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regular-article-logo Saturday, 30 September 2023

A hundred years of gastritude

The Telegraph dishes out a plateful, have a taste

Uddalak Mukherjee Published 03.07.22, 04:20 AM
Love bites: The entrance to the eatery

Love bites: The entrance to the eatery Photograph by Uddalak Mukherjee

Amader somoye ei jaygatar naam chilo Niranjan Bhagar (In our time, this place used to be called Niranjan Bhagar),” said Subir Dey with a twinkle in his eyes.

Dey, of course, was being wickedly funny. Bhagar — carrion depot in colloquial Bangla — after all, is hardly a fitting honorific for Niranjan Agar, a café tucked next to Nanda Mullick Lane near the Girish Park metro station. It has just turned a hundred years old. But Dey, 66 years old and an old patron of the eatery, was using the unconventional metaphor to make a point.

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When he was younger, apparently most of the neighbourhood’s callow youth could be found lying prostrate — as still as corpses — inside the café, having wolfed down enormous quantities of such lip-smacking delicacies as mutton chop, deem-er devil and chicken cutlet.

Hence Agar was transformed, with dollops of para affection, into bhagar. Dey’s evenings are still incomplete without a bite of the cutlet or the fish fry. “And I remain a healthy man,” he said, before walking briskly into the gathering dusk with two steaming packets of, presumably, his beloved fix of fries. The centennial café began as a labour of love too.

Bibekananda Pan, a reticent young man and fourth-generation-owner, recounted, as he barked orders and scooped up change to be returned to customers, that Niranjan, his ancestor, had started it all in 1922 with the idea of filling stomachs between the hours of lunch and dinner with snacks and tea.“The café’s enduring popularity can be attributed to our efforts to maintain quality at a reasonable price.” Pan’s words should not be taken lightly. Aged, middle-aged and young men and women ambling through the serpentine lanes of north Calcutta after stuffing themselves with the cabin’s offerings is a common sight to this day. Niranjan Agar has always been a great leveller, accommodating in its cubby-hole interior, luminaries as well as the aam aadmi. “Uttam Kumar was a regular. His brother Tarun Kumar, Manna Dey, Utpal Dutt too,” Bibekananda reminisced, “have visited the premises.”

Intach’s culinary heritage tag.

Intach’s culinary heritage tag. Photograph by Uddalak Mukherjee

The cafe has also bridged great distances. North Calcuttans, naturally, flock to its doors in great numbers. But southerners can be spotted too. Partha Chakraborty, almost 50 years old, has been making the journey — correction, pilgrimage — from Kasba, his abode, to Girish Park for eight years. He had discovered Niranjan Agar accidentally: he had come for some work in the neighbourhood and the growling noises from his empty stomach led him to the café. Since then, he has returned frequently. “The taste of some dishes may no longer be the same,” he said.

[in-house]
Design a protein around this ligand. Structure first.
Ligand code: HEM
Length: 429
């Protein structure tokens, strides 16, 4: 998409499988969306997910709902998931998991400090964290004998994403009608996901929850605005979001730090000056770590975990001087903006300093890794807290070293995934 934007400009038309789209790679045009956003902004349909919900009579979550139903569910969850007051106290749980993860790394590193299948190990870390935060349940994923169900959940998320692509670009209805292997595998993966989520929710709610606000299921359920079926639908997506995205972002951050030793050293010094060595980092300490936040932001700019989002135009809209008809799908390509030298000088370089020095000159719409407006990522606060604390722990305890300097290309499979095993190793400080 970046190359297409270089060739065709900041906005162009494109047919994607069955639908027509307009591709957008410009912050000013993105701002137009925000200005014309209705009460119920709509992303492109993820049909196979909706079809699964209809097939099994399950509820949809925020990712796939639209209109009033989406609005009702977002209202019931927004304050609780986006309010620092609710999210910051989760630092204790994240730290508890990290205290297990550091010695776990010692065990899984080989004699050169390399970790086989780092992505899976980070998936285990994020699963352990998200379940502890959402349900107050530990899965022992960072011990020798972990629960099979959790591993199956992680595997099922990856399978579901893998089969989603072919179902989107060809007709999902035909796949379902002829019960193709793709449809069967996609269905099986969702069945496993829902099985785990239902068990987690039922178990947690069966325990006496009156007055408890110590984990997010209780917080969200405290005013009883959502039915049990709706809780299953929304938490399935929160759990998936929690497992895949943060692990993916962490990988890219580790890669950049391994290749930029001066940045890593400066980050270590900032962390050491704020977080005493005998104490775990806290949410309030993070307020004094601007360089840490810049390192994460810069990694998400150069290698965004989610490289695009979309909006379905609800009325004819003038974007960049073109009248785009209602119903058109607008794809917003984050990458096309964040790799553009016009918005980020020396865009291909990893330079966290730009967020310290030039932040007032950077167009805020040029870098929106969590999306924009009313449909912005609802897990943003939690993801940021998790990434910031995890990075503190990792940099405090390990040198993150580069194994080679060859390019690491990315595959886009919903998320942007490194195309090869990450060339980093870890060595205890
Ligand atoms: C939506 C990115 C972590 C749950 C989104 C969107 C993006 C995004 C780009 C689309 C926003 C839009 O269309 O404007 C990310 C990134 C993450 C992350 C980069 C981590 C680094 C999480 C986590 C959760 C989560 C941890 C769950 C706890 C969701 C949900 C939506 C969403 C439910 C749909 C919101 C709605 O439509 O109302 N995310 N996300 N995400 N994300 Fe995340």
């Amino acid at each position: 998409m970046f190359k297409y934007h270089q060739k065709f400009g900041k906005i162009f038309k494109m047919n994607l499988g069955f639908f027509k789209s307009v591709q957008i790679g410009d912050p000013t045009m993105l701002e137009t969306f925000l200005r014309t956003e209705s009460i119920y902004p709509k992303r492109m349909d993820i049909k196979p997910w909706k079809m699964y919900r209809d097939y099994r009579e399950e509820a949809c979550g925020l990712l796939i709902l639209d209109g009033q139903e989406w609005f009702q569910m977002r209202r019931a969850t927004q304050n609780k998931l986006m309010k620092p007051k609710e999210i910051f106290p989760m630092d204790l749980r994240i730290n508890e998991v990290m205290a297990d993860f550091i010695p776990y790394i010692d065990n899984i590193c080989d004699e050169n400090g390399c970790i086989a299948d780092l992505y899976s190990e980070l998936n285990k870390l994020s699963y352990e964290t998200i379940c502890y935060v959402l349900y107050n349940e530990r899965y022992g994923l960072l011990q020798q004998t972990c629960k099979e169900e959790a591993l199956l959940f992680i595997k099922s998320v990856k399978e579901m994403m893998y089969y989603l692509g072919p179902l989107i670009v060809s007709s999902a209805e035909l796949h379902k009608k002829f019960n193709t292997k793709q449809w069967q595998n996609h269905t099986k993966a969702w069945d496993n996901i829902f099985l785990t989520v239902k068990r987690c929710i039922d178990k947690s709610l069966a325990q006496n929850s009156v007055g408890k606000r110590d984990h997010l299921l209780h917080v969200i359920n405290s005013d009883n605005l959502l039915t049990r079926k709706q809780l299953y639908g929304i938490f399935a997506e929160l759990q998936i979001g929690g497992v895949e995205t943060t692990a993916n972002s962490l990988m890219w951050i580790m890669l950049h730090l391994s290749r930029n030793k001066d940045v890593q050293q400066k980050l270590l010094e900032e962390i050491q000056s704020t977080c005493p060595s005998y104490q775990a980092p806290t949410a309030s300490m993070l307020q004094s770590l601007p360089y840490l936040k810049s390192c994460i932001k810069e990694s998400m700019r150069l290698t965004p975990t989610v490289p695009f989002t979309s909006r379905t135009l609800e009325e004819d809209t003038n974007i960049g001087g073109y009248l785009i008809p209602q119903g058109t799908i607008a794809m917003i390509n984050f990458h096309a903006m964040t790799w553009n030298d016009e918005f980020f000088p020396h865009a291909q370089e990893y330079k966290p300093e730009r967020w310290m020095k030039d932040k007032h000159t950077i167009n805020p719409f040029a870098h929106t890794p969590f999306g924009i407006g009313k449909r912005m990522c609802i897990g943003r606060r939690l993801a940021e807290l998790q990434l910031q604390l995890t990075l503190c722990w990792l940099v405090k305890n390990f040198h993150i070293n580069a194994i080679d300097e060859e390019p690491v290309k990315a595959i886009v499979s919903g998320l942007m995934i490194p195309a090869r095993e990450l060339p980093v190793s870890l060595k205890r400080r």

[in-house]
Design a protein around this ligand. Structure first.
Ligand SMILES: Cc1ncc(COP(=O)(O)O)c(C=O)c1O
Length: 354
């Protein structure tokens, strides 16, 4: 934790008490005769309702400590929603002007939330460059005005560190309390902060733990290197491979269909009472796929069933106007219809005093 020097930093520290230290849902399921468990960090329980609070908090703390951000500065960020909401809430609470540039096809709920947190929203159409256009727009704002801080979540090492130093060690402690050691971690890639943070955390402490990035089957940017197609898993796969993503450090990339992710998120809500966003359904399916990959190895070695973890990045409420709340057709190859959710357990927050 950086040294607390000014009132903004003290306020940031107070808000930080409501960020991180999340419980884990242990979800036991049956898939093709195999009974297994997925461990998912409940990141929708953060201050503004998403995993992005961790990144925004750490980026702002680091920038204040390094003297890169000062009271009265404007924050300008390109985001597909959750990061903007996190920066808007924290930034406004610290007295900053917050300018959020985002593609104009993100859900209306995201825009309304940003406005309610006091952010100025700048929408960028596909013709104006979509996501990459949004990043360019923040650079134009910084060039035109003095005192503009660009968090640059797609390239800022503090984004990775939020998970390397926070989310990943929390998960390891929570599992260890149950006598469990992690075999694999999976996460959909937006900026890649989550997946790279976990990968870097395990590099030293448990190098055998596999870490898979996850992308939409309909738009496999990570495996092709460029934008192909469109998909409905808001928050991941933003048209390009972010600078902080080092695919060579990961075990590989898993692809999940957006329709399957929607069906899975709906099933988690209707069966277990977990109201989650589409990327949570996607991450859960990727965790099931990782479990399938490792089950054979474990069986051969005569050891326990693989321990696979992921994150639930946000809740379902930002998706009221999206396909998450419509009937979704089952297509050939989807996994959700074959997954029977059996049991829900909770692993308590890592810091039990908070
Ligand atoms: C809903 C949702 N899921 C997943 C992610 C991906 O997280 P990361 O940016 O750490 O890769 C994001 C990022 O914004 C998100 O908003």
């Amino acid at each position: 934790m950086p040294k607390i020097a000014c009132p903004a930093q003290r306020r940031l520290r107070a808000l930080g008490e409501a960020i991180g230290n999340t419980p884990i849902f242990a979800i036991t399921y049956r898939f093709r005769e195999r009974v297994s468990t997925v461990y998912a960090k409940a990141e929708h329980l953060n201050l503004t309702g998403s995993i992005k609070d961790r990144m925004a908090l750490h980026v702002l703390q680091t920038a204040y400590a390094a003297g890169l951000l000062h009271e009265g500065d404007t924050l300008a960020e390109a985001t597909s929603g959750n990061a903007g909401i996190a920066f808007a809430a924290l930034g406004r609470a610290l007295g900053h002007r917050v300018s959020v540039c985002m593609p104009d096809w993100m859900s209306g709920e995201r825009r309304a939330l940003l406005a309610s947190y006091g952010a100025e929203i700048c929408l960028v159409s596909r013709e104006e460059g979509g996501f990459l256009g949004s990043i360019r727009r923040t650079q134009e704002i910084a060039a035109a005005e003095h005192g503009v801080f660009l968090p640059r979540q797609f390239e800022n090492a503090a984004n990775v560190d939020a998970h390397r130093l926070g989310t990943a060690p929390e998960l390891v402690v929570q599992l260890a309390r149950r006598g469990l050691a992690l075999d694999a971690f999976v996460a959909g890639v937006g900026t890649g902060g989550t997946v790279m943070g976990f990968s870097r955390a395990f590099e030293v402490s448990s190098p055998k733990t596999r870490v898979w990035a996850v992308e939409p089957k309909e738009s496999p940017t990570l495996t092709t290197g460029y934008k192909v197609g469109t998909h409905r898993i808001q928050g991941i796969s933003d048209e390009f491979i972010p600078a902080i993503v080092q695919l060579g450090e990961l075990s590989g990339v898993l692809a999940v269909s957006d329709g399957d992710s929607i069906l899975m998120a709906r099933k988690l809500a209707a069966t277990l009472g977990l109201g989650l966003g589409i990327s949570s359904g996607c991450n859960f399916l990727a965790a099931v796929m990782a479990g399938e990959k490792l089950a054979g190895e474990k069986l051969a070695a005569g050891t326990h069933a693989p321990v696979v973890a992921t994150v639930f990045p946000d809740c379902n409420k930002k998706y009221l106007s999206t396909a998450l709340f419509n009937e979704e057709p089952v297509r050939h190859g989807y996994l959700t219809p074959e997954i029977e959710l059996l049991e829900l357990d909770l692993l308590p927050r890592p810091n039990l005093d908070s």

“But you won’t find me anywhere else.” Chakraborty has an interesting theory about the roots of his fidelity.

“I live in south Calcutta but I am a north Calcuttan at heart. The history of large parts of the southern part is indisputably linked to the rehabilitation of refugees. The displaced, unfortunately, are a rootless constituency. Their trauma prevents them from striking roots. Hence, you would not find too many institutions — cafes or eateries — surviving for long because the south loves experimentation, not tradition. But in the north, such bonds, between cafes and neighbourhoods, although fraying, have survived. This collective desire for continuity, for longevity, perhaps explains Niranjan Agar’s long life.”

And what of the future? Given the competition from new-age eateries and the rising dominance of pizza, pasta, noodles and rolls over, say, the mutton chop, does Niranjan Agar fancy scoring a double hundred in terms of longevity? On being asked this question, another elderly fan turned — the corners of his mouth were dripping chicken stew — and then turned away, towards the steaming bowl: his, clearly, was a communion immune to pesky, irrelevant queries.

Bibekananda was more forthcoming — for once. “It is true that inter-generational businesses are confronted with different challenges. The younger generation is often unwilling to enter the business. We will see how things stand. At the moment, I am more interested in maintaining the legacy and the standard of this eatery while catering to demands of newage customers. Some patrons, for example, want to savour our delicacies in air-conditioned comfort. I am looking into such demands.”

Such structural transformations, if they are to take place, may require a delicate operation. After all, Niranjan Agar was accorded a heritage tag by Intach in 2019. But that is not all. Many clients insist that they return, and will continue to return, if the ambience — a tiny space bubbling, much like its famed chicken stew, with the amor between food and food-lovers — remains unchanged. Chakraborty, the southern northerner, seemed far more optimistic. “It is a wily old place. It walks the fine line between tradition and modernity. It already has a dedicated local clientele. It may widen its arc of influence with the help of food aggregator services like Swiggy and Zomato and…”

He could not finish that sentence. For at that very moment, one of the employees came up to him bearing a plateful of liver curry. Food — especially the kind the centurion Niranjan Agar serves — can disrupt both thought and conversation.

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